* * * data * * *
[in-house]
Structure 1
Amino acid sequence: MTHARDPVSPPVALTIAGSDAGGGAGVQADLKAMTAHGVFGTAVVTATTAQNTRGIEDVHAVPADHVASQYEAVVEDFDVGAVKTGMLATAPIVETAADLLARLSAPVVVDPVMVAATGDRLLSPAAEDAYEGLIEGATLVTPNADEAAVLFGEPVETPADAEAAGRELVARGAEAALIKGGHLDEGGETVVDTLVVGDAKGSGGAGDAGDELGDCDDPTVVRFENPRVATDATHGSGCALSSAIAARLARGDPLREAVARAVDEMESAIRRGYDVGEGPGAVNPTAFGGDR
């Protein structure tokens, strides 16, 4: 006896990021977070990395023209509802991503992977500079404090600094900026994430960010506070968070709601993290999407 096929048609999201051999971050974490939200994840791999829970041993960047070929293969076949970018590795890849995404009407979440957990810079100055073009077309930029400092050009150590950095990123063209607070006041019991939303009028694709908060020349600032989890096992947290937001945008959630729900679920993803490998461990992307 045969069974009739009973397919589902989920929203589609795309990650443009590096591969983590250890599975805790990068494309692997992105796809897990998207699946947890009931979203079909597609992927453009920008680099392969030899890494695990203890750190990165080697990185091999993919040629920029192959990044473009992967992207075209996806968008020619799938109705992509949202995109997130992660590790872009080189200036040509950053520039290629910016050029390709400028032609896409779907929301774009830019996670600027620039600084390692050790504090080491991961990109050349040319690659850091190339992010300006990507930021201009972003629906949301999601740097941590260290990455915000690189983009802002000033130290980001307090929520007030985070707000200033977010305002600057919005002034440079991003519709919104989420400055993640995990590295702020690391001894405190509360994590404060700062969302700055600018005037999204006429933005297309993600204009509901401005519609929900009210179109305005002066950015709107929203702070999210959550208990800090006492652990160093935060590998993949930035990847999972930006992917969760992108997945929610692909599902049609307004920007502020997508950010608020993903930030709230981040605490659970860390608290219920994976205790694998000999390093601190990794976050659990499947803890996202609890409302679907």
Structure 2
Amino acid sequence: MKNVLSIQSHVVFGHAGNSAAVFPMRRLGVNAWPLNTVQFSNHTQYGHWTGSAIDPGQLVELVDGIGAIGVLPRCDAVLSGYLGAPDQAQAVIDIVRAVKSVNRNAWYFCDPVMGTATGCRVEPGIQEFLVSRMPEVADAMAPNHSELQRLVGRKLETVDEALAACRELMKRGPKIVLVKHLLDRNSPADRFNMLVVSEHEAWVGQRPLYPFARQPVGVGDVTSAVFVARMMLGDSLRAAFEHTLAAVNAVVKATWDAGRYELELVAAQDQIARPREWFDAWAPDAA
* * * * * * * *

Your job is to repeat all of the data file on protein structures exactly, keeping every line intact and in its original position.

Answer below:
[in-house]
Structure 1
Amino acid sequence: MTHARDPVSPPVALTIAGSDAGGGAGVQADLKAMTAHGVFGTAVVTATTAQNTRGIEDVHAVPADHVASQYEAVVEDFDVGAVKTGMLATAPIVETAADLLARLSAPVVVDPVMVAATGDRLLSPAAEDAYEGLIEGATLVTPNADEAAVLFGEPVETPADAEAAGRELVARGAEAALIKGGHLDEGGETVVDTLVVGDAKGSGGAGDAGDELGDCDDPTVVRFENPRVATDATHGSGCALSSAIAARLARGDPLREAVARAVDEMESAIRRGYDVGEGPGAVNPTAFGGDR
């Protein structure tokens, strides 16, 4: 006896990021977070990395023209509802991503992977500079404090600094900026994430960010506070968070709601993290999407 096929048609999201051999971050974490939200994840791999829970041993960047070929293969076949970018590795890849995404009407979440957990810079100055073009077309930029400092050009150590950095990123063209607070006041019991939303009028694709908060020349600032989890096992947290937001945008959630729900679920993803490998461990992307 045969069974009739009973397919589902989920929203589609795309990650443009590096591969983590250890599975805790990068494309692997992105796809897990998207699946947890009931979203079909597609992927453009920008680099392969030899890494695990203890750190990165080697990185091999993919040629920029192959990044473009992967992207075209996806968008020619799938109705992509949202995109997130992660590790872009080189200036040509950053520039290629910016050029390709400028032609896409779907929301774009830019996670600027620039600084390692050790504090080491991961990109050349040319690659850091190339992010300006990507930021201009972003629906949301999601740097941590260290990455915000690189983009802002000033130290980001307090929520007030985070707000200033977010305002600057919005002034440079991003519709919104989420400055993640995990590295702020690391001894405190509360994590404060700062969302700055600018005037999204006429933005297309993600204009509901401005519609929900009210179109305005002066950015709107929203702070999210959550208990800090006492652990160093935060590998993949930035990847999972930006992917969760992108997945929610692909599902049609307004920007502020997508950010608020993903930030709230981040605490659970860390608290219920994976205790694998000999390093601190990794976050659990499947803890996202609890409302679907």
Structure 2
Amino acid sequence: MKNVLSIQSHVVFGHAGNSAAVFPMRRLGVNAWPLNTVQFSNHTQYGHWTGSAIDPGQLVELVDGIGAIGVLPRCDAVLSGYLGAPDQAQAVIDIVRAVKSVNRNAWYFCDPVMGTATGCRVEPGIQEFLVSRMPEVADAMAPNHSELQRLVGRKLETVDEALAACRELMKRGPKIVLVKHLLDRNSPADRFNMLVVSEHEAWVGQRPLYPFARQPVGVGDVTSAVFVARMMLGDSLRAAFEHTLAAVNAVVKATWDAGRYELELVAAQDQIARPREWFDAWAPDAA